The English word football may mean any one of several team sports, depending on the national or regional origin and location of the person using the word. So where English is a first language the unqualified use of the word football is used to refer to the most popular code of football in that region; the sports most referred to as football are Association football, American football, Australian rules football, Canadian football, Gaelic football, rugby league football and rugby union football. Of the 45 national FIFA affiliates in which English is an official or primary language, 43 use football in their organisations' official names. Soccer is the prevailing term for association football in the United States and Canada, where other codes of football are dominant. In 2005, Australia's association football governing body changed its name from soccer to football to align with the general international usage of the term. In 2006, New Zealand decided to follow suit. There are many other languages where the common term for association football is phonetically similar to the English term football.
An early reference to a ball game, football comes from 1280 at Ulgham, England: "Henry... while playing at ball.. Ran against David". Football was played in Ireland in 1308, with a documented reference to John McCrocan, a spectator at a "football game" at Newcastle, County Down being charged with accidentally stabbing a player named William Bernard. Another reference to a football game comes in 1321 at Shouldham, England: "during the game at ball as he kicked the ball, a lay friend of his... ran against him and wounded himself". Although the accepted etymology of the word football, or "foot ball", originated in reference to the action of a foot kicking a ball, this may be a false etymology. An alternative explanation has it that the word referred to a variety of games in medieval Europe, which were played on foot; these sports were played by peasants, as opposed to the horse-riding sports more enjoyed by aristocrats. In some cases, the word has been applied to games which involved carrying a ball and banned kicking.
For example, the English writer William Hone, writing in 1825 or 1826, quotes the social commentator Sir Frederick Morton Eden, regarding a game — which Hone refers to as "Foot-Ball" — played in the parish of Scone, Perthshire: The game was this: he who at any time got the ball into his hands, run with it till overtaken by one of the opposite part. Conversely, in 1363, King Edward III of England issued a proclamation banning "...handball, football, or hockey. The Oxford English Dictionary records that the first written use of the word "football" used to describe a game was in 1424 in an Act forbidding it; the first written use of the word football to describe the ball was 1486, that the first use as a verb was in 1599. Although the OED just indicates it is a compound of foot and ball, the 1486 definition indicates that a ball was of the essence of the game; the word "soccer" originated as an Oxford "-er" slang abbreviation of "association", is credited to late nineteenth century English footballer, Charles Wreford-Brown.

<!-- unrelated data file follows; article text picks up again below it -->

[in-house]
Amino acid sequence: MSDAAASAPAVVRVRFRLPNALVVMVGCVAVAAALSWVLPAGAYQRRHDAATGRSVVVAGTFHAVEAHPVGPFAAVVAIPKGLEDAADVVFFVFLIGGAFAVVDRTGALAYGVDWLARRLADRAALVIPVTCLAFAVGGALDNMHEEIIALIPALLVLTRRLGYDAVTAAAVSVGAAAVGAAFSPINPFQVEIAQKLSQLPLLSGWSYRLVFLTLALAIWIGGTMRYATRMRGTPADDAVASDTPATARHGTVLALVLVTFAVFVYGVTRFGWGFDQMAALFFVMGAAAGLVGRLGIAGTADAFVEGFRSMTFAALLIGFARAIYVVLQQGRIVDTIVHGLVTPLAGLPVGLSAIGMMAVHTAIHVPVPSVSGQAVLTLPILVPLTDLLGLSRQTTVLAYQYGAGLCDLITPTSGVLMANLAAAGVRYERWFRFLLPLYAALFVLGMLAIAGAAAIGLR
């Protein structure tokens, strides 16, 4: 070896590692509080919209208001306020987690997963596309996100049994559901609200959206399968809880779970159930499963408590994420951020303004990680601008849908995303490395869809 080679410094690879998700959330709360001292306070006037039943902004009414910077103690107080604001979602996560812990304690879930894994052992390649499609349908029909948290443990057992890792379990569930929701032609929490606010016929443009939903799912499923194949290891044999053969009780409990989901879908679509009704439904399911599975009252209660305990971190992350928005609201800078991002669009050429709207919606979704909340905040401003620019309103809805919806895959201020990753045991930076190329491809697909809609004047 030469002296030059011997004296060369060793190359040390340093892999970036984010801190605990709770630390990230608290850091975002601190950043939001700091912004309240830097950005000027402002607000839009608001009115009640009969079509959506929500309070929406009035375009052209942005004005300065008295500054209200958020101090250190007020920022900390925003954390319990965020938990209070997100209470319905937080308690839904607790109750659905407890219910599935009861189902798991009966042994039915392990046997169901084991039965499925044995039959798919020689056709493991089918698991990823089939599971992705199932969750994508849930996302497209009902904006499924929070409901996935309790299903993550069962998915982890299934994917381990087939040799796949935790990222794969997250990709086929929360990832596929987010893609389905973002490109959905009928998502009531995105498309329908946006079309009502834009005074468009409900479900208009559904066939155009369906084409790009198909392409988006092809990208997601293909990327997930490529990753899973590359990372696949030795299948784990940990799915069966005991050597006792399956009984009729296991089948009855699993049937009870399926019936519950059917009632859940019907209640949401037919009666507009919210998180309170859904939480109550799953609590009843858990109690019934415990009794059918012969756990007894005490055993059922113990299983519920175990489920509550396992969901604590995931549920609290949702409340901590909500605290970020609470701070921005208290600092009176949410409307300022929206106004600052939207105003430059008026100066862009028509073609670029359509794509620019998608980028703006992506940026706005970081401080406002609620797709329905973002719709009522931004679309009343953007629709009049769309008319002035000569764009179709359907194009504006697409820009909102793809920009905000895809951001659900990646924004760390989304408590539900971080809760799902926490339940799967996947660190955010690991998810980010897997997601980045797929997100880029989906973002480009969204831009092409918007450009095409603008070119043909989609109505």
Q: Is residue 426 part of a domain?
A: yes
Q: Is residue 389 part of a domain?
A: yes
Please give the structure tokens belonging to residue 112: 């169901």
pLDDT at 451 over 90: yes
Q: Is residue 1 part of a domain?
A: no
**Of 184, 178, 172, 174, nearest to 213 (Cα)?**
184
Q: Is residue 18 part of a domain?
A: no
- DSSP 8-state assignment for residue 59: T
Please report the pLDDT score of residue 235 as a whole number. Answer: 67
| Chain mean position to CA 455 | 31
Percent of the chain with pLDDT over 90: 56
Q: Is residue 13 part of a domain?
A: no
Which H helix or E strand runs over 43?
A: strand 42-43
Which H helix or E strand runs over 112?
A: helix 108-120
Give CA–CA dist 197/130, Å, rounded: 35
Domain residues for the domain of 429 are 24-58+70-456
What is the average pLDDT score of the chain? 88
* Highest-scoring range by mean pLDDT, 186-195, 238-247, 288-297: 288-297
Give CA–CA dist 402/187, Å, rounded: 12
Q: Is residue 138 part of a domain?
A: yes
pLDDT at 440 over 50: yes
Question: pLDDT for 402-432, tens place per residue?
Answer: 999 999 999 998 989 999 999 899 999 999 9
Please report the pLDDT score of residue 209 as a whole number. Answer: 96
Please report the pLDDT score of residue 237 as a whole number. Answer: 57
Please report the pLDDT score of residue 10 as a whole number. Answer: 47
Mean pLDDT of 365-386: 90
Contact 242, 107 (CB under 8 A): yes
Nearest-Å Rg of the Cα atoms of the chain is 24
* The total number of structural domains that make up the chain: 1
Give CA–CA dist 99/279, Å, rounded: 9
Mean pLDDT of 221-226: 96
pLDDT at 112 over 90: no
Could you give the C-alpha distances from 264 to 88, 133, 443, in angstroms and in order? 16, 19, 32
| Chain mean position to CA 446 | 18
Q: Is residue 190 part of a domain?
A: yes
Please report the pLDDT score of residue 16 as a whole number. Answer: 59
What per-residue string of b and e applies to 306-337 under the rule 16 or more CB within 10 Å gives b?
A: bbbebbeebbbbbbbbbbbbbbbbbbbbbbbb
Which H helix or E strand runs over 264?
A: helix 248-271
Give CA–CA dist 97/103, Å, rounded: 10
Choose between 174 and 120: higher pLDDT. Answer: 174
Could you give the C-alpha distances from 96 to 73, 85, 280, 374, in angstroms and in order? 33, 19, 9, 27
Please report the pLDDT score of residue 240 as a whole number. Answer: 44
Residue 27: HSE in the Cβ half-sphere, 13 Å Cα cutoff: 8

However, like the William Webb Ellis rugby story, it is believed to be most apocryphal. There is the sometimes-heard variation, "soccer football". Within Australia the term "football" is ambiguous and can mean up to four different codes of football in Australian English, depending on the context, geographical location and cultural factors. In the states of Victoria, Western Australia, South Australia and Tasmania the slang term footy is used in an unofficial context, while in these states the two rugby football codes are called rugby. There is a different situation in New South Wales, Queensland and ACT, where rugby union or rugby league are most popular, football can refer to those codes. Australia-wide, soccer is used to describe association football, with this usage going back more than a century, with football gaining traction since Soccer Australia was renamed Football Federation Australia in 2005. In Canada, football refers to Canadian football. American football can be referred to as a full name.